(1) Manual. Commercially available cleaning detergents and pads can be used for
removal of deposits from the lighting fixture lens unless prohibited by the manufacturer.
Abrasive materials such as sandpaper or emery cloth should not be used because they will
scratch the glass. Solvents are available that will clean the lens, but the solvent must be left on
for a period of time to dissolve the deposit. The solvent used must be compatible with the lens
sealing material. While manual techniques are well suited for bench cleaning of lights, they are
very time consuming for cleaning lights when installed in pavement.
(2) Ground Shells. Unless not recommended by the light fixture manual the
cleaning can be done by using 20/30 grade, clean, ground walnut or pecan shells and clean, dry
compressed air or nitrogen (nozzle pressure 85 psi). Figure 14 shows a typical example of how
to clean the lighting fixture with shells.
(a) An average time of 10 seconds is required for cleaning the external surface
of the lens.
(b) The average usage of ground walnut shells is 0.6 pound ( 0.25 kg) per
(c) The cleaning system shown is not available as an assembled unit; however,
a commercially available air compressor with controls and gauges, a sandblaster unit, and
abrasive resistant hoses may be used.
(d) After removal of the deposit from the lens, the fixture's light channel should
be cleaned of shells with a blast of air, and the remaining dust wiped off with a clean cloth.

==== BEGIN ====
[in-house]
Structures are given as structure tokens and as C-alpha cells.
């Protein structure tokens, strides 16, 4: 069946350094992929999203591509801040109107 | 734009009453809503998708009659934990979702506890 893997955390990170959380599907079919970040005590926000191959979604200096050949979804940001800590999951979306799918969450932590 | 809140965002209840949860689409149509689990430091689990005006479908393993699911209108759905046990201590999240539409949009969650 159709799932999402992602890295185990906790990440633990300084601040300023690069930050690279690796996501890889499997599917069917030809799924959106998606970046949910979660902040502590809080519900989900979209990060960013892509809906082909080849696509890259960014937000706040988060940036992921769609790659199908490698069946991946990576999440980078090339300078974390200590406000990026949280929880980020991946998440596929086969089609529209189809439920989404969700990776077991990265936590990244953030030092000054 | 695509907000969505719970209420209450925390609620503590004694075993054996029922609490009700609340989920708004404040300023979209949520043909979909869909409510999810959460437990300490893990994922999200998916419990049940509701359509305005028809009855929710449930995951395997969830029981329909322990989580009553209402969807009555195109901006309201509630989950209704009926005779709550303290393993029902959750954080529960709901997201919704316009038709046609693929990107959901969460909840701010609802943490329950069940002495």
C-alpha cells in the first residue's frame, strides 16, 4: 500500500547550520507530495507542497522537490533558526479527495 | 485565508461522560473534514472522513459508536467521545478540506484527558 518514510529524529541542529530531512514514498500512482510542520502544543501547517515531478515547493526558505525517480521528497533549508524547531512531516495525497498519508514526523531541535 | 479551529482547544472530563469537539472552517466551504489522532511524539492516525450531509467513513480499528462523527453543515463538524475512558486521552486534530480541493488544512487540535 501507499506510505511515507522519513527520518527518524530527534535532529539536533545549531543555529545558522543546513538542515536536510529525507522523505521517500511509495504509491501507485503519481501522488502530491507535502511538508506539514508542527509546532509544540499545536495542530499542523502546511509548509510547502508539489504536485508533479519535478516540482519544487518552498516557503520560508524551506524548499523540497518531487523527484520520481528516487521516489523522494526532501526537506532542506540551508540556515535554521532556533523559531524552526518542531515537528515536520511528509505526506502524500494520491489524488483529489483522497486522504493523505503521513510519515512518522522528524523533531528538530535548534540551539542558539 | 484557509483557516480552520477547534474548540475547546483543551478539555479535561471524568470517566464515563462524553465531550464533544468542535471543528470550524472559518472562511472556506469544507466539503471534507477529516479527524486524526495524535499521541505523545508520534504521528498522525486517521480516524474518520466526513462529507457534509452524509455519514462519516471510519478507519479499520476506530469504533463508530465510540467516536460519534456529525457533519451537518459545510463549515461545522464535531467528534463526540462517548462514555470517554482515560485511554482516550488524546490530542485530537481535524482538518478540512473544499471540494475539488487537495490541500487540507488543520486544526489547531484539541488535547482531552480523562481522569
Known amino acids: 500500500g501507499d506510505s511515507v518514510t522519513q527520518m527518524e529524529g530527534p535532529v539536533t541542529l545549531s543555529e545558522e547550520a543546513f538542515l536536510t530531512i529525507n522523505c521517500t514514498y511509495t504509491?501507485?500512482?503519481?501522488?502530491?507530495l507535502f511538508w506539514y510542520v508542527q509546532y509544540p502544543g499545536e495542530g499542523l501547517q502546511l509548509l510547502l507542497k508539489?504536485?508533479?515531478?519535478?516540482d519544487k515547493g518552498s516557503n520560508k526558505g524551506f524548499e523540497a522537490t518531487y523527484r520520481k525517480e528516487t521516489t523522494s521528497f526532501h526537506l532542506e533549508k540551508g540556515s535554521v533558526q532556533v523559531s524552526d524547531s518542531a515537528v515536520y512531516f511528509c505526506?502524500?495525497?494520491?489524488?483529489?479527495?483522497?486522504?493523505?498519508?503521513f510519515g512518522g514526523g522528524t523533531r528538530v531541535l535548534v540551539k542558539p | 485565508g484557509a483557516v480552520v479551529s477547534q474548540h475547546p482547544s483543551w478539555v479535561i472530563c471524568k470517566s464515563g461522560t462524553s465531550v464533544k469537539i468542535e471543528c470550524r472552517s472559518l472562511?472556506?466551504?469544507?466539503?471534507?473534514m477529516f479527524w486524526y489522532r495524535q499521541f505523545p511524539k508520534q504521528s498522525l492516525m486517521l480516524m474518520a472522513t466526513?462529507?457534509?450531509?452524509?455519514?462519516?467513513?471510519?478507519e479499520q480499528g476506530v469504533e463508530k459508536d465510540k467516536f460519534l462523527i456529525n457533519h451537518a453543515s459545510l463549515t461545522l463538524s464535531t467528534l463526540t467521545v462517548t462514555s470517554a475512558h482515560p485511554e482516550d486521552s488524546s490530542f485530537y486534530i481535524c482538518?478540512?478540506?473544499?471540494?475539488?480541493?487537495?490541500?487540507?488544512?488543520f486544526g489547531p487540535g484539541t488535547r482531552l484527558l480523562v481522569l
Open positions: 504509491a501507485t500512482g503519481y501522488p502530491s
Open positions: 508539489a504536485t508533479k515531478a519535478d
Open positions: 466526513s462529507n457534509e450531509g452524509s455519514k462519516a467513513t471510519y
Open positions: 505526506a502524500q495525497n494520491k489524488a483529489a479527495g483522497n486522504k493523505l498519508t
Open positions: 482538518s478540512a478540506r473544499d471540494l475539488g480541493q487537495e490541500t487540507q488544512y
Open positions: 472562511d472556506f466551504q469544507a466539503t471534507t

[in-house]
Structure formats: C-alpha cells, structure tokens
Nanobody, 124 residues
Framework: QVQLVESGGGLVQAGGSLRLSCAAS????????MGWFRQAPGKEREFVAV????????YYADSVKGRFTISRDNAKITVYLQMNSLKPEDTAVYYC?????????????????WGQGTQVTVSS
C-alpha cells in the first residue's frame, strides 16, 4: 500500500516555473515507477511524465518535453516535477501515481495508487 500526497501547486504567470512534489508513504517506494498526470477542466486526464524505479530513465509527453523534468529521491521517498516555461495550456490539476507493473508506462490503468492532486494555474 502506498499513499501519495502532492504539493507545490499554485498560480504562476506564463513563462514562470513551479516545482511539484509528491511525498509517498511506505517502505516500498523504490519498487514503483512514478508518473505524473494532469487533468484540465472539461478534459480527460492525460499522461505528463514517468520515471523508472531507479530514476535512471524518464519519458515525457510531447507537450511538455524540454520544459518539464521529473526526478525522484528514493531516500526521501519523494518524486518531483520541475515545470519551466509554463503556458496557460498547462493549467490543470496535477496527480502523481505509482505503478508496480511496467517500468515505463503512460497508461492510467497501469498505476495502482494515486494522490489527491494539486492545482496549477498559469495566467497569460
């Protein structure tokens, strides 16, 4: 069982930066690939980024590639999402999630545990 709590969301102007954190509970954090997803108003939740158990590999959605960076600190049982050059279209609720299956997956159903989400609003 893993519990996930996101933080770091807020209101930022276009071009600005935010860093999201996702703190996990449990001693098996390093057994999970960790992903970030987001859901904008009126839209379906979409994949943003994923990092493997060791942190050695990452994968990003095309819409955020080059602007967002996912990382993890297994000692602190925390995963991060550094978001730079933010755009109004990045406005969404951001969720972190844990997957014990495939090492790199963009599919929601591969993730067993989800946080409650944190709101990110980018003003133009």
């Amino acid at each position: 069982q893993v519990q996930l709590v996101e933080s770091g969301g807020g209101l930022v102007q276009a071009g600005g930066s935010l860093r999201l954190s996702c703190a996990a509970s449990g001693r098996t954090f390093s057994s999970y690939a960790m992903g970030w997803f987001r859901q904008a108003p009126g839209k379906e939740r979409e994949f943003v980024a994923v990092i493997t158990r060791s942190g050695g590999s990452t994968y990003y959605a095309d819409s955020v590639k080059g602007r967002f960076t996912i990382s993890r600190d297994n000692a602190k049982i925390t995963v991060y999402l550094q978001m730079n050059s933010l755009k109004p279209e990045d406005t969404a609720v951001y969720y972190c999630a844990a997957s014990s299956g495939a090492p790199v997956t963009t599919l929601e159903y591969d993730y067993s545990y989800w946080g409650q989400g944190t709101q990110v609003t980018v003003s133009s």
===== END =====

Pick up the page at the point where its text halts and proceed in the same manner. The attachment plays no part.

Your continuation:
Cleaning Centerline and Touchdown Zone Lights
(3) Abrasive Brush. An abrasive brush may be used to clean rubber deposits by
mounting it on a rotary hand tool powered by air pressure or electricity. The average cleaning
time is 30 second per lens. Care must be taken not to remove the lens-sealing material in the
cleaning process; this can be avoided with the use of a shield.
c) Light Aiming. The in pavement lights are aimed as part of the installation
procedure. For lights installed on the tops of transformer housings, the aiming is fixed and
nonadjustable. For lights installed on glue-in bases, the aiming may come out of alignment due
to twisting of the light bases. The runway centerline lights should be aligned to within 2 of a
line parallel to the runway centerline. When reinstalling the base, use an adhesive compatible
with the type of pavement. P-606 sealer has compounds that are compatible with both concrete
and asphalt pavements; be sure to choose the correct mixture. The aiming of in pavement lights
may readily be checked by turning the lights on during foggy weather. The fog makes the light
beam visible, and it is easy to tell if a light is properly oriented in such conditions. For